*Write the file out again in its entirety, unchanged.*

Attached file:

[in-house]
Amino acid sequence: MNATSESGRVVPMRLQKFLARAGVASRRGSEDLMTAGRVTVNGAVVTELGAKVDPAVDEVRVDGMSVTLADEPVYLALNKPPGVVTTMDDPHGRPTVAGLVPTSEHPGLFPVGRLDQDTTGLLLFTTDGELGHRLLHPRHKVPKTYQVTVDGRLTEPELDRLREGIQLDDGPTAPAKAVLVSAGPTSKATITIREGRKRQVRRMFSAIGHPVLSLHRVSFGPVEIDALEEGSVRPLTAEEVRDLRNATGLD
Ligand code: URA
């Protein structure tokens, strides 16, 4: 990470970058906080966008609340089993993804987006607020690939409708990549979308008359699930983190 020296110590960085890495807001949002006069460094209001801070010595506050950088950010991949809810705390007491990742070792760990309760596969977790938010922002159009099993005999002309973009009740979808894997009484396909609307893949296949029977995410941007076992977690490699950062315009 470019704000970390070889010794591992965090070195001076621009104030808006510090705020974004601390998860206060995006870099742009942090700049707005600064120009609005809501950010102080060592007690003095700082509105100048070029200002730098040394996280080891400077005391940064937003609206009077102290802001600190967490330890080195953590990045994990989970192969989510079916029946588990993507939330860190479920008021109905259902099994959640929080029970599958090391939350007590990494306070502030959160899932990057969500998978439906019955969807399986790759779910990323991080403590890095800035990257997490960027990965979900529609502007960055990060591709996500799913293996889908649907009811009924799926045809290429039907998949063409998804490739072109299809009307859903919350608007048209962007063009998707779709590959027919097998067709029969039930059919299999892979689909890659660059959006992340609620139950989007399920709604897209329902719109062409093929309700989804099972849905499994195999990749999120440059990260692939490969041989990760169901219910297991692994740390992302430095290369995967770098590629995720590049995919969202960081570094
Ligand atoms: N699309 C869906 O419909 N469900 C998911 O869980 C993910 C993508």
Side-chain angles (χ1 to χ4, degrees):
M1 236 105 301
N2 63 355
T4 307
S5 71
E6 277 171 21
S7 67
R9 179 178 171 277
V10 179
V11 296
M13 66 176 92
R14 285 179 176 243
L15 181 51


[in-house]
Amino acid sequence: MNATSESGRVVPMRLQKFLARAGVASRRGSEDLMTAGRVTVNGAVVTELGAKVDPAVDEVRVDGMSVTLADEPVYLALNKPPGVVTTMDDPHGRPTVAGLVPTSEHPGLFPVGRLDQDTTGLLLFTTDGELGHRLLHPRHKVPKTYQVTVDGRLTEPELDRLREGIQLDDGPTAPAKAVLVSAGPTSKATITIREGRKRQVRRMFSAIGHPVLSLHRVSFGPVEIDALEEGSVRPLTAEEVRDLRNATGLD
Ligand code: URA
């Protein structure tokens, strides 16, 4: 990470970058906080966008609340089993993804987006607020690939409708990549979308008359699930983190 020296110590960085890495807001949002006069460094209001801070010595506050950088950010991949809810705390007491990742070792760990309760596969977790938010922002159009099993005999002309973009009740979808894997009484396909609307893949296949029977995410941007076992977690490699950062315009 470019704000970390070889010794591992965090070195001076621009104030808006510090705020974004601390998860206060995006870099742009942090700049707005600064120009609005809501950010102080060592007690003095700082509105100048070029200002730098040394996280080891400077005391940064937003609206009077102290802001600190967490330890080195953590990045994990989970192969989510079916029946588990993507939330860190479920008021109905259902099994959640929080029970599958090391939350007590990494306070502030959160899932990057969500998978439906019955969807399986790759779910990323991080403590890095800035990257997490960027990965979900529609502007960055990060591709996500799913293996889908649907009811009924799926045809290429039907998949063409998804490739072109299809009307859903919350608007048209962007063009998707779709590959027919097998067709029969039930059919299999892979689909890659660059959006992340609620139950989007399920709604897209329902719109062409093929309700989804099972849905499994195999990749999120440059990260692939490969041989990760169901219910297991692994740390992302430095290369995967770098590629995720590049995919969202960081570094
Ligand atoms: N699309 C869906 O419909 N469900 C998911 O869980 C993910 C993508």
Side-chain angles (χ1 to χ4, degrees):
M1 236 105 301
N2 63 355
T4 307
S5 71
E6 277 171 21
S7 67
R9 179 178 171 277
V10 179
V11 296
M13 66 176 92
R14 285 179 176 243
L15 181 51